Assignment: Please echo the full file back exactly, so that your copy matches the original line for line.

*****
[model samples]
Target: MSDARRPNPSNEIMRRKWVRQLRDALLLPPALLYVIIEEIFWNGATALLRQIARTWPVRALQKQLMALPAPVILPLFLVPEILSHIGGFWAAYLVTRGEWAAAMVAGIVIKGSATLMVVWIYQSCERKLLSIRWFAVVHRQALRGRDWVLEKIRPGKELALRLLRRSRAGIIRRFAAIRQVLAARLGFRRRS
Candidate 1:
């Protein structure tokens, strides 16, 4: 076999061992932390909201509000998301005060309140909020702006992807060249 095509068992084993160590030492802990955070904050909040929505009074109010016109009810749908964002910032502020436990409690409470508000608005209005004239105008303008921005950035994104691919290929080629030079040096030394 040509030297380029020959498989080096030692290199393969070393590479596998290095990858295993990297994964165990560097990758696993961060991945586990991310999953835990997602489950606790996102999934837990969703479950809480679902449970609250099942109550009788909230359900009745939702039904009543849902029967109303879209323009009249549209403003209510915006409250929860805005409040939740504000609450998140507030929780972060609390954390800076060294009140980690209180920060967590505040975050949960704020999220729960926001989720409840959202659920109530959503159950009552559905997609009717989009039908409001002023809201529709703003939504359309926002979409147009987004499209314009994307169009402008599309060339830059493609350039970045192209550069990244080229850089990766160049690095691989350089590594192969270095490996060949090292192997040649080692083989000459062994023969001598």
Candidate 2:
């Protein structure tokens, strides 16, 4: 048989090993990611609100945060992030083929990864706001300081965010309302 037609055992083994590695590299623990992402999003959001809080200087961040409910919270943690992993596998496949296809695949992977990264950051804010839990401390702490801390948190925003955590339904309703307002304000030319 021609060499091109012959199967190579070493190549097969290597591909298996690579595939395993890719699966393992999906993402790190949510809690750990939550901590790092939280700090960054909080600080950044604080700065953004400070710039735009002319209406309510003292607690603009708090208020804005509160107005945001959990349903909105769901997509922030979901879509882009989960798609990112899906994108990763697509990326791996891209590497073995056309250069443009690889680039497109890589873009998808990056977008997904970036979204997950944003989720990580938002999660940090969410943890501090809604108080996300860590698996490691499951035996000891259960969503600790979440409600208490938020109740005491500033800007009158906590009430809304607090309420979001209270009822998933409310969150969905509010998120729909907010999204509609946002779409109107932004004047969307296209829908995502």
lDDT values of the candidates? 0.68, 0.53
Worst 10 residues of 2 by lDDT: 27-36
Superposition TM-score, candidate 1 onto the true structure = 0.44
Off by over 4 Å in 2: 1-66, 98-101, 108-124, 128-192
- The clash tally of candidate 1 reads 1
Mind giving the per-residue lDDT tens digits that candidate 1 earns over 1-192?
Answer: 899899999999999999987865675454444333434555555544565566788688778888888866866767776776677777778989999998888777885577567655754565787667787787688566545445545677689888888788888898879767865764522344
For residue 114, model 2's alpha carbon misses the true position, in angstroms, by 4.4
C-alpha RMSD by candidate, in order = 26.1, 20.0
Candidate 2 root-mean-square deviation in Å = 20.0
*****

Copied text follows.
[model samples]
Target: MSDARRPNPSNEIMRRKWVRQLRDALLLPPALLYVIIEEIFWNGATALLRQIARTWPVRALQKQLMALPAPVILPLFLVPEILSHIGGFWAAYLVTRGEWAAAMVAGIVIKGSATLMVVWIYQSCERKLLSIRWFAVVHRQALRGRDWVLEKIRPGKELALRLLRRSRAGIIRRFAAIRQVLAARLGFRRRS
Candidate 1:
């Protein structure tokens, strides 16, 4: 076999061992932390909201509000998301005060309140909020702006992807060249 095509068992084993160590030492802990955070904050909040929505009074109010016109009810749908964002910032502020436990409690409470508000608005209005004239105008303008921005950035994104691919290929080629030079040096030394 040509030297380029020959498989080096030692290199393969070393590479596998290095990858295993990297994964165990560097990758696993961060991945586990991310999953835990997602489950606790996102999934837990969703479950809480679902449970609250099942109550009788909230359900009745939702039904009543849902029967109303879209323009009249549209403003209510915006409250929860805005409040939740504000609450998140507030929780972060609390954390800076060294009140980690209180920060967590505040975050949960704020999220729960926001989720409840959202659920109530959503159950009552559905997609009717989009039908409001002023809201529709703003939504359309926002979409147009987004499209314009994307169009402008599309060339830059493609350039970045192209550069990244080229850089990766160049690095691989350089590594192969270095490996060949090292192997040649080692083989000459062994023969001598």
Candidate 2:
């Protein structure tokens, strides 16, 4: 048989090993990611609100945060992030083929990864706001300081965010309302 037609055992083994590695590299623990992402999003959001809080200087961040409910919270943690992993596998496949296809695949992977990264950051804010839990401390702490801390948190925003955590339904309703307002304000030319 021609060499091109012959199967190579070493190549097969290597591909298996690579595939395993890719699966393992999906993402790190949510809690750990939550901590790092939280700090960054909080600080950044604080700065953004400070710039735009002319209406309510003292607690603009708090208020804005509160107005945001959990349903909105769901997509922030979901879509882009989960798609990112899906994108990763697509990326791996891209590497073995056309250069443009690889680039497109890589873009998808990056977008997904970036979204997950944003989720990580938002999660940090969410943890501090809604108080996300860590698996490691499951035996000891259960969503600790979440409600208490938020109740005491500033800007009158906590009430809304607090309420979001209270009822998933409310969150969905509010998120729909907010999204509609946002779409109107932004004047969307296209829908995502």
lDDT values of the candidates? 0.68, 0.53
Worst 10 residues of 2 by lDDT: 27-36
Superposition TM-score, candidate 1 onto the true structure = 0.44
Off by over 4 Å in 2: 1-66, 98-101, 108-124, 128-192
- The clash tally of candidate 1 reads 1
Mind giving the per-residue lDDT tens digits that candidate 1 earns over 1-192?
Answer: 899899999999999999987865675454444333434555555544565566788688778888888866866767776776677777778989999998888777885577567655754565787667787787688566545445545677689888888788888898879767865764522344
For residue 114, model 2's alpha carbon misses the true position, in angstroms, by 4.4
C-alpha RMSD by candidate, in order = 26.1, 20.0
Candidate 2 root-mean-square deviation in Å = 20.0